The name Great Dane arose in the 1700s, when a French naturalist traveled to Denmark and saw a version of the Boar Hound who was slimmer and more like a Greyhound in appearance. He called this dog Grand Danois, which eventually became Great Danish Dog, with the more massive examples of the breed called Danish Mastiffs. The name stuck, even though Denmark did not develop the breed.

Most breed historians give credit to German breeders for refining the breed to be the well-balanced, elegant dog we love today. In 1880, breeders and judges held a meeting in Berlin and agreed that since the dogs they were breeding were distinctly different from the English Mastiff, they would give it its own name--Deutsche Dogge (German Dog).

They founded the Deutscher Doggen-Klub of Germany, and many other European countries took up the name as well. The Italians and English-speaking countries didn't accept this name, however. Even today, the Italians call the breed Alano, meaning Mastiff; and in English-speaking countries, of course, they're called Great Danes.

Throughout the late 1800s, wealthy German breeders continued to refine the breed. They turned their attention to the dog's temperament, because Great Danes had aggressive, ferocious temperaments due to the fact that they were originally bred to hunt wild boar, a particularly ferocious beast. These breeders tried to produce more gentle animals, and--luckily for us today--they succeeded.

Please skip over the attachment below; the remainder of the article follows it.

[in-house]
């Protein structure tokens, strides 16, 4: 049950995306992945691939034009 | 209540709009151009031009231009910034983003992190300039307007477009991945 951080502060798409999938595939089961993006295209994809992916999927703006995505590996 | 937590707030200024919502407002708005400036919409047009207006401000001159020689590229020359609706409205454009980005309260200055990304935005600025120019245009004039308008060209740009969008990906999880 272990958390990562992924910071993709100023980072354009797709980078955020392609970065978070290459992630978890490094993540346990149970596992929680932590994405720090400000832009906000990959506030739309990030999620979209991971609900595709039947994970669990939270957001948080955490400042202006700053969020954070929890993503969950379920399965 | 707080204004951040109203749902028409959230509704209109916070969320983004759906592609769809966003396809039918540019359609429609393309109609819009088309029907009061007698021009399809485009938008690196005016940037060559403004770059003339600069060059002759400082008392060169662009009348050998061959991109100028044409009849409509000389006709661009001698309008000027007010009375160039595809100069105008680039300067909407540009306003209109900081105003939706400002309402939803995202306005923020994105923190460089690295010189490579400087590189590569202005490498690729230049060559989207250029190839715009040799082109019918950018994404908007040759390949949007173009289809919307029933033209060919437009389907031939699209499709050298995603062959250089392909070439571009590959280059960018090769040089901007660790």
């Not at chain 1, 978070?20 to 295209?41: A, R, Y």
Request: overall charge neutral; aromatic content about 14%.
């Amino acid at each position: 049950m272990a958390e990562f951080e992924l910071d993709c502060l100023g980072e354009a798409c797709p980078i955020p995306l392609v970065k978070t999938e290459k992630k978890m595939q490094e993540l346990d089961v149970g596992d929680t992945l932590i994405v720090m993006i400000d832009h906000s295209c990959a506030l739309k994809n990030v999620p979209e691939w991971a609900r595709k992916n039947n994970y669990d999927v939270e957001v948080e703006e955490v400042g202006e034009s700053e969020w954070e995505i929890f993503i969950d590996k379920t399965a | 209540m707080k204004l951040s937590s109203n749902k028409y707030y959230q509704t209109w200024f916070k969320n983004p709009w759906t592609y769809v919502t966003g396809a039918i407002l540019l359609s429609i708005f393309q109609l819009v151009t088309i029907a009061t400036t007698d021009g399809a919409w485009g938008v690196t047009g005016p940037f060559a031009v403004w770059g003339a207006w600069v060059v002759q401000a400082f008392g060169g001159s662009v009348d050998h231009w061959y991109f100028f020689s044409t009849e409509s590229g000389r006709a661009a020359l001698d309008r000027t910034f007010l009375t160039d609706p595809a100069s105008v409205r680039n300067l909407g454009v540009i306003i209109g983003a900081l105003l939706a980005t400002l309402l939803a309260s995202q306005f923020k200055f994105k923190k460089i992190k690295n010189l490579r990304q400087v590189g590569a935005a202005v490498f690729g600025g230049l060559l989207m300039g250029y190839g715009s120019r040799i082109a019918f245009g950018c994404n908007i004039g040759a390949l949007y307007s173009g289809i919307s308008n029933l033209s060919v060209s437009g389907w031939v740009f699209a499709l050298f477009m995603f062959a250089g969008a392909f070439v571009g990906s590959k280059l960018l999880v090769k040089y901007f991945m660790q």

We don't know when the first Great Danes were brought to the US, or even where they came from, but the Great Dane Club of America was formed in 1889. It was the fourth breed club allowed to join the American Kennel Club

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I knew my post would stimulate research.

You're welcome.

Tonto, my work here is through. :lol:

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3 hours ago, Utah Bob #35998 said:

 

Tonto, my work here is through. :lol:

 

Tonto:  name of the Masked Man's Indian companion and also the second largest city in Canada (Rocky and Bullwinkle Show) 

 

Sorry, couldn't help myself

 

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On 4/30/2021 at 12:00 PM, Cyrus Cassidy #45437 said:

Perhaps because there was no "Germany" until 1877, and therefore, nothing was "German" per se.  The Danes populate the northern part of Germany quite heavily; I wonder if it was Northern Germany Danish people who created the breed?


Even though it wasn’t a united country until 1871 Germany has existed as a location since at least Roman times. In addition the German language has existed for centuries.  One of the rallying cry’s of the 30 Years War in the 1600s was preserving German liberties under the Holy Roman Empire.  Poland is another example of a country that existed as a sovereign nation at times but even when they were not everyone knew where Poland was. 
 

Seamus

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On 4/30/2021 at 5:04 PM, Chickasaw Bill SASS #70001 said:

all things in moderation BMC 

 

  whiskey on the other hand is BEST used in EXCESS 

 

  CB :rolleyes:

CB, you get smarter every day!   Make mine Irish.